Knowing how to improve a skill is often difficult and confusing, particularly in tennis. There is a wealth of information from coaches, in books or online about how player’s should optimise their performance, which can be confusing. Player’s are often given conflicting tips about how to get better, and sometimes find themselves at a standstill. Personally, I believe that improving in tennis is simple and requires three keys: good information, persistence and hard work. These are as follows:
Firstly, it’s important to analyse what area of your game needs the most improvement. This can be tactical, physical, mental or technical. Coaches are often essential for both this analysis and for providing information, but it’s a good idea to do your own research. By concentrating on the area you want to improve, it’s easier to prevent confusion. Watching professional tennis can also be helpful, as it provides evidence for statements that coaches or advisors may make. Try to find information that is simple, can be found in multiple sources and offers precise, step-by-step processes.
It’s impossible to improve consistently in tennis without working hard. This said, training must be done intelligently and with focus. Practicing the wrong things will never allow you to improve, regardless of how hard you work! Challenging yourself in the right areas and with the correct drills is therefore essential. Make sure your practice is deliberate, with a precise focus.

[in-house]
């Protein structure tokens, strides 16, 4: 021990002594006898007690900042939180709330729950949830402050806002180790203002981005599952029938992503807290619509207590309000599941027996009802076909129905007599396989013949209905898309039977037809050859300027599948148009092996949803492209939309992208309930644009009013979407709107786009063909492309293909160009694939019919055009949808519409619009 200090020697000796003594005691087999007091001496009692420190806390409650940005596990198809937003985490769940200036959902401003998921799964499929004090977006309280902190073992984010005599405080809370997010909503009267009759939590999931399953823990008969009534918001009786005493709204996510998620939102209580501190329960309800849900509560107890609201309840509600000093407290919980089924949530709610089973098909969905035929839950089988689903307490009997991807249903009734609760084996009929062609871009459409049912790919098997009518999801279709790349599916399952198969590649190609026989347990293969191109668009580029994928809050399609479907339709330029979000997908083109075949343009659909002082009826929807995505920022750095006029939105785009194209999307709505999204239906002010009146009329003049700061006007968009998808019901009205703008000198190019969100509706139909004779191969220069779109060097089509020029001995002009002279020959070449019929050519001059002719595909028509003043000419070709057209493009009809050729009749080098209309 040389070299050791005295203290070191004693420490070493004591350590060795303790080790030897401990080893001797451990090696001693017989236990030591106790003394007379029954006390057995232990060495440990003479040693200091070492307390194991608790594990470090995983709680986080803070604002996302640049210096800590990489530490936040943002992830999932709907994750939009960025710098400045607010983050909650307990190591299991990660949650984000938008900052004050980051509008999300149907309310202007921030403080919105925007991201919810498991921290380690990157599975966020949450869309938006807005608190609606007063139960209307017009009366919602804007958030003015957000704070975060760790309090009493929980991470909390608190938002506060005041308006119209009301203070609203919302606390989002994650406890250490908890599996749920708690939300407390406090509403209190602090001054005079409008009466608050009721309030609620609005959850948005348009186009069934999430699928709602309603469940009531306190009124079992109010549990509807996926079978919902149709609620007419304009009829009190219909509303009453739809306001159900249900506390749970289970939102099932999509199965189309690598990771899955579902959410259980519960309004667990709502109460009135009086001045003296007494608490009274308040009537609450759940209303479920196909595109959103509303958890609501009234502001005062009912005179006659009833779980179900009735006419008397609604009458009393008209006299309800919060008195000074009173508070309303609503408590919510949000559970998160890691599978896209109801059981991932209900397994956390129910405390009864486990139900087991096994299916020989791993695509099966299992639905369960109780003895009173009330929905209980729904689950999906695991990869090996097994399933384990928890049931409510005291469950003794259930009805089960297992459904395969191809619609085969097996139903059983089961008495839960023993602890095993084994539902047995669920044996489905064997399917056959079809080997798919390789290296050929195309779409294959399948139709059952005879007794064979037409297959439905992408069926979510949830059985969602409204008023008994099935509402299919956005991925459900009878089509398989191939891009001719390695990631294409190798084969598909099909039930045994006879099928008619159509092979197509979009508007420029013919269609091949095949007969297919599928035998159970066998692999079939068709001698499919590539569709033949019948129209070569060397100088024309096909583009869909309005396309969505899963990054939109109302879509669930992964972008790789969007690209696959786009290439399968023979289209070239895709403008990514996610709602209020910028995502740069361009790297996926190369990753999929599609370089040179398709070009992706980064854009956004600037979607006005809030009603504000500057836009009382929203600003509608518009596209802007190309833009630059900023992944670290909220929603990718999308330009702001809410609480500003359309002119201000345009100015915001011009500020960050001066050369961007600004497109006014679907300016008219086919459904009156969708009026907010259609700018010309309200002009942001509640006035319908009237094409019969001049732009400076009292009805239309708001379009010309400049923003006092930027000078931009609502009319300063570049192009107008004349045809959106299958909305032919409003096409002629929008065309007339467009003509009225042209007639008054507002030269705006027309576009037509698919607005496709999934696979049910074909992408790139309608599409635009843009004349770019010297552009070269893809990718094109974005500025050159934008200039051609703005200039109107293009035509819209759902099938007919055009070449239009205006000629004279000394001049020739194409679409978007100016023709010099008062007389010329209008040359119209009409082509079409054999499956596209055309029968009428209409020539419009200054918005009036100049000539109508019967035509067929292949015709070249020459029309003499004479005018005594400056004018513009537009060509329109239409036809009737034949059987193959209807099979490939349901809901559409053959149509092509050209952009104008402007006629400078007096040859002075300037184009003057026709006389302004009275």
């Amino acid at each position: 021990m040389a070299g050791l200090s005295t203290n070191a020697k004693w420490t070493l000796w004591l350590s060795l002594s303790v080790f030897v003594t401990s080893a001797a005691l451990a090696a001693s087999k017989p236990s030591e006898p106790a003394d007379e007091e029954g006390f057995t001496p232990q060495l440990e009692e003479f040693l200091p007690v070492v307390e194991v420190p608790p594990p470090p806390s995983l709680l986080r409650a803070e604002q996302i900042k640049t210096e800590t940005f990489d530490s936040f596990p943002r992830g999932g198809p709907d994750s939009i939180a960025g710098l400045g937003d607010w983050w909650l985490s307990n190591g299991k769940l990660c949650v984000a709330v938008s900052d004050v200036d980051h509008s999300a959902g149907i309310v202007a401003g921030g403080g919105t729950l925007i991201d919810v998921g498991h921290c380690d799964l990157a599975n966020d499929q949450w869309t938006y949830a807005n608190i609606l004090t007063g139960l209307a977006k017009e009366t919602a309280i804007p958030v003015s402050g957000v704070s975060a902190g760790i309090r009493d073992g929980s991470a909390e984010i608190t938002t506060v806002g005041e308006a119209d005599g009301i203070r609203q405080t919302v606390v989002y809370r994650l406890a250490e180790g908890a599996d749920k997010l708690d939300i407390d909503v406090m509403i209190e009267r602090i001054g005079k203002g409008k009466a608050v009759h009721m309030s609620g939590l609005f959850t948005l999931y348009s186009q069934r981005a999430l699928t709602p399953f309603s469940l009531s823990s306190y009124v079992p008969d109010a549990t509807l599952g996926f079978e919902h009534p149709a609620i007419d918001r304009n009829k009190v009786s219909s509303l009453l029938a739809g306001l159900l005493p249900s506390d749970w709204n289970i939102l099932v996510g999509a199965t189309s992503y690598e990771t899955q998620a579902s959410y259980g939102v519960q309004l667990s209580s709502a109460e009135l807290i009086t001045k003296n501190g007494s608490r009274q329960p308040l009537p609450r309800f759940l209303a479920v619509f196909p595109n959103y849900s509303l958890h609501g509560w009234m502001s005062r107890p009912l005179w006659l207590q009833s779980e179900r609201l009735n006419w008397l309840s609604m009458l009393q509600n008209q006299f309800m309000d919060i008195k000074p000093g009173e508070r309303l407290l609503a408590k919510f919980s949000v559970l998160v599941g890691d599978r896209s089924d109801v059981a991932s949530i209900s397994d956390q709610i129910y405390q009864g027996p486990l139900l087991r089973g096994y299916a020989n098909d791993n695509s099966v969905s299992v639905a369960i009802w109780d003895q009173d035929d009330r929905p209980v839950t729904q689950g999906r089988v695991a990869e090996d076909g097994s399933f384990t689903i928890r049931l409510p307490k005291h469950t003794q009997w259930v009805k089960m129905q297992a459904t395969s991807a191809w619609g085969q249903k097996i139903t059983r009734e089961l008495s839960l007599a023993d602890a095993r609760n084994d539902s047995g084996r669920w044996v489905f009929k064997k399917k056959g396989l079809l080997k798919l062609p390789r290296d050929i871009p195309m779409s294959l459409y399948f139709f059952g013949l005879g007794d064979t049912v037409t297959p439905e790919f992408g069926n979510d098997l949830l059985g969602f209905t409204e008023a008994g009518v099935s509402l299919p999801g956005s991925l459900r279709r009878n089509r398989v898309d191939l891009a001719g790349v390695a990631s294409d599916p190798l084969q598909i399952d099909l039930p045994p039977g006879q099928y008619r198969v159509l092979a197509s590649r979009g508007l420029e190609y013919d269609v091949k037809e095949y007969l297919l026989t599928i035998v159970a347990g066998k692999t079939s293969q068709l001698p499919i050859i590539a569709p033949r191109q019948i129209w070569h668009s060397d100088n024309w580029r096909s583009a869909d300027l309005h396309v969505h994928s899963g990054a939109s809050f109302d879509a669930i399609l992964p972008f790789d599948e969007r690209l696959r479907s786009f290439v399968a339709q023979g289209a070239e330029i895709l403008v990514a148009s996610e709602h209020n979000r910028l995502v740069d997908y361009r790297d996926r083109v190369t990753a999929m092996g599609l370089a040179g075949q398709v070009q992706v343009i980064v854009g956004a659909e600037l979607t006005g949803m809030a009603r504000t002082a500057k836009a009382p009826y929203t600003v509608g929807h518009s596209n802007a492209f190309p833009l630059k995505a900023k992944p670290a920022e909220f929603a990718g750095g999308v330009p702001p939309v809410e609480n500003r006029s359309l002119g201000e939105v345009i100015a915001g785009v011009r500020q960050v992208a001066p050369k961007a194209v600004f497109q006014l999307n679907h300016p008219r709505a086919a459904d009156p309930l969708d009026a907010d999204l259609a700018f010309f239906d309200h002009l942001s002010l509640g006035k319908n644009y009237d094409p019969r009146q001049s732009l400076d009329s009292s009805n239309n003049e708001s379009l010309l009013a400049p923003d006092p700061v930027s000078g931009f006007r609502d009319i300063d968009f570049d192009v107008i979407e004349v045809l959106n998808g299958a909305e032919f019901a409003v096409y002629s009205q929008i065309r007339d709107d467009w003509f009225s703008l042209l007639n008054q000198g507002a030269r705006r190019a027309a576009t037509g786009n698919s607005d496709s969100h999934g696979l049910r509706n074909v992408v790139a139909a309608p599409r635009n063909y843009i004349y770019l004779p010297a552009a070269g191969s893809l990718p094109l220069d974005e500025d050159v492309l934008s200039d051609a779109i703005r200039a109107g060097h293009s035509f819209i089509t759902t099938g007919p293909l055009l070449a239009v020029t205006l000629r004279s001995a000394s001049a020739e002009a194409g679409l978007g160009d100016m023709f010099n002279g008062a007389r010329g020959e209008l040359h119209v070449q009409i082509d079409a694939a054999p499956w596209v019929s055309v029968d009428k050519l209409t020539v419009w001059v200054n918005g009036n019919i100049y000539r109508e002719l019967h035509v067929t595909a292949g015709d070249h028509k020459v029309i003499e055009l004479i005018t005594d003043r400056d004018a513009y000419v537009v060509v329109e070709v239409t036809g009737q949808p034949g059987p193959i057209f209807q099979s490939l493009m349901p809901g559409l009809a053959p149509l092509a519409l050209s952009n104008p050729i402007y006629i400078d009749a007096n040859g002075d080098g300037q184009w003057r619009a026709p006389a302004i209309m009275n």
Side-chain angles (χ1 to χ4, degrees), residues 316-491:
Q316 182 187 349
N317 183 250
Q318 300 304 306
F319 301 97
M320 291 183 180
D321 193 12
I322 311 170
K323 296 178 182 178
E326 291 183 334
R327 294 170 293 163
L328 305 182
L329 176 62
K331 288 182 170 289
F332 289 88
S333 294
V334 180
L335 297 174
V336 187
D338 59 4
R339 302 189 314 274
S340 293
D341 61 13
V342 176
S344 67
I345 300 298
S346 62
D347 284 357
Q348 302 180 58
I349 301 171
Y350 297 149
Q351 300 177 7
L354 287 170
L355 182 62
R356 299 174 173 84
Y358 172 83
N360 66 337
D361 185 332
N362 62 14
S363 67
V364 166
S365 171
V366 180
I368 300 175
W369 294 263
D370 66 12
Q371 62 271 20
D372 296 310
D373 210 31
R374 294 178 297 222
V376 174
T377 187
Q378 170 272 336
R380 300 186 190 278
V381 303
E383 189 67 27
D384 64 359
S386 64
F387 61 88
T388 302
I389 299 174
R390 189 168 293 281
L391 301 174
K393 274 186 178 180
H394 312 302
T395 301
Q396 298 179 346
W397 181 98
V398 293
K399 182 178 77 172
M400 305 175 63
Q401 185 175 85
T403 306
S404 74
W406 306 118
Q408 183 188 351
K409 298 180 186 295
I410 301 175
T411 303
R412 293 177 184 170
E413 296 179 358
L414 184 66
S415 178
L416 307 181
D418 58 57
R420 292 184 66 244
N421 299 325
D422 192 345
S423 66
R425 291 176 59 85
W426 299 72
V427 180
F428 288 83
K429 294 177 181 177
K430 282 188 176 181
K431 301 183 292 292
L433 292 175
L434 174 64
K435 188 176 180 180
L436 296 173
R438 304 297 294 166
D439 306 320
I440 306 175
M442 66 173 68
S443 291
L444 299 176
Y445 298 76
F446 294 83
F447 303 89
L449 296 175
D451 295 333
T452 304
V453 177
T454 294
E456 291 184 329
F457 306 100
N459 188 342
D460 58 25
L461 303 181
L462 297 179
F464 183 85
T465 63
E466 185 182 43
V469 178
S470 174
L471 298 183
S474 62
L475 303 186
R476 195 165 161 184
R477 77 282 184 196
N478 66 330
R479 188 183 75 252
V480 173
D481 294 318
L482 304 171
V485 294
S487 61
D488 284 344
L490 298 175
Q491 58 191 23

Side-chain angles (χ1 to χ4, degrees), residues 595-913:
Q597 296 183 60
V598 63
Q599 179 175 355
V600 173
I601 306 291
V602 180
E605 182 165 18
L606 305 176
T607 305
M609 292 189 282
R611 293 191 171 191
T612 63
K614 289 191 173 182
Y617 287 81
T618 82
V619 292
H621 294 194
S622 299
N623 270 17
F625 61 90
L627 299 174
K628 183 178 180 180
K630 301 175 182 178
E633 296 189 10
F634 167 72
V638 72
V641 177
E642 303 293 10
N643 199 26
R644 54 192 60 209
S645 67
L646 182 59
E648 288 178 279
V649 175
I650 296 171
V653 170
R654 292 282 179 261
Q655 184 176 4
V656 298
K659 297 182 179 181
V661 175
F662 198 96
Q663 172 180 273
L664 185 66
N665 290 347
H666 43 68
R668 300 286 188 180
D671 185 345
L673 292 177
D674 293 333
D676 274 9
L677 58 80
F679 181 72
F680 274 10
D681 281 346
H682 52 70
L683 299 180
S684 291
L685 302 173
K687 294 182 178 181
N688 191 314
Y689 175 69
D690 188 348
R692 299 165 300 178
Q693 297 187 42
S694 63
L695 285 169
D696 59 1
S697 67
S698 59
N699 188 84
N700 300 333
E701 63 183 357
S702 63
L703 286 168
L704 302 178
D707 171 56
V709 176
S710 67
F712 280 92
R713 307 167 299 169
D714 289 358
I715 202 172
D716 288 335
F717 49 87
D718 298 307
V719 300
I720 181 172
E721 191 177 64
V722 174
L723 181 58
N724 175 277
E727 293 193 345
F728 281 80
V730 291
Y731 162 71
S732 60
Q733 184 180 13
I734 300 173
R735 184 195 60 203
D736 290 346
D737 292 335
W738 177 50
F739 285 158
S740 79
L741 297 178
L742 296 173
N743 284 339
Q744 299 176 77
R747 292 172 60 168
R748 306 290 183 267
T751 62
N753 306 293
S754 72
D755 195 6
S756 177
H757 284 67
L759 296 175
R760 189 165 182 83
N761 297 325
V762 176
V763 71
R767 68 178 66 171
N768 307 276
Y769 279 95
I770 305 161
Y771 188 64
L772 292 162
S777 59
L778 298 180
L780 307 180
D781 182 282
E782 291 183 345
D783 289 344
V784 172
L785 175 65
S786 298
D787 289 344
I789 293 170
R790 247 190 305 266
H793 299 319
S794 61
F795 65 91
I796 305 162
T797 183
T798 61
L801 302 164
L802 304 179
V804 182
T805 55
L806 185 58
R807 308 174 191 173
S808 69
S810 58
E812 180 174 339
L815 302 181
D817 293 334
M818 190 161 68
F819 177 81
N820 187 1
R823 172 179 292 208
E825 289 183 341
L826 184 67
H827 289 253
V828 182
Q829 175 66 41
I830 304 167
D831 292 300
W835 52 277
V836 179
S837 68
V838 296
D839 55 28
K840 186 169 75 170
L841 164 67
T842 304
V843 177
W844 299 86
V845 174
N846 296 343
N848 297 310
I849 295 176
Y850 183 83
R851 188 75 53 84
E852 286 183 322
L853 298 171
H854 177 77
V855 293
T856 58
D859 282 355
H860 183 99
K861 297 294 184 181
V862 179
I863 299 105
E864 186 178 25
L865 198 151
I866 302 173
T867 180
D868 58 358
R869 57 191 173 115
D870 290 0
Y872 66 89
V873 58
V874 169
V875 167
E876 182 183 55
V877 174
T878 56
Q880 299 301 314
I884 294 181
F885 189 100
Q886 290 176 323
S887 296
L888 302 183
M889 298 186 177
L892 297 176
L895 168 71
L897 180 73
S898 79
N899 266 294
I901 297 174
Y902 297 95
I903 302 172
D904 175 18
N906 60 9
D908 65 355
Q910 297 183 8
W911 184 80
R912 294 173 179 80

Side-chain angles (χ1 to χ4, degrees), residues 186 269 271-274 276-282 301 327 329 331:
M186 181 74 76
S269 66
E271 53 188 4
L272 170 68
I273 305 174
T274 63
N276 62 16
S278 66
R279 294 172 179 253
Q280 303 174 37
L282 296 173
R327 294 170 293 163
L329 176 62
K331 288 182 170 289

Training should challenge you enough that you have to work hard and can improve, but not too hard that you are discouraged or “burn out”. Learning generally occurs in the area between your comfort and discomfort zone.
Finally, remember that quality is more important than quantity when it comes to improving in tennis. Training in which you feel challenged and are working with a high intensity is far more beneficial than training that is low intensity and within your comfort zone. Try working within each area of tennis (technical, tactical, mental and physical) and challenging yourself in each.
As the final key for improvement in tennis, persistence is essential for continual and consistent improvement. This can particularly be seen with changes in technique- you may often find yourself feeling discouraged, uncoordinated or lacking in power or speed. Sometimes, technique or match play has to get worse before it can get better. Remember that this is normal, and an unavoidable part of tennis. Setting measurable and achievable goals can assist you with keeping motivated, as can rewarding yourself for success. Don’t put too much pressure on yourself to master something straight away!
By combining these elements, you should start to see big improvements in your game. Remember to stay focused, mix up your training, practice deliberately and work hard. Most importantly, enjoy what you’re doing!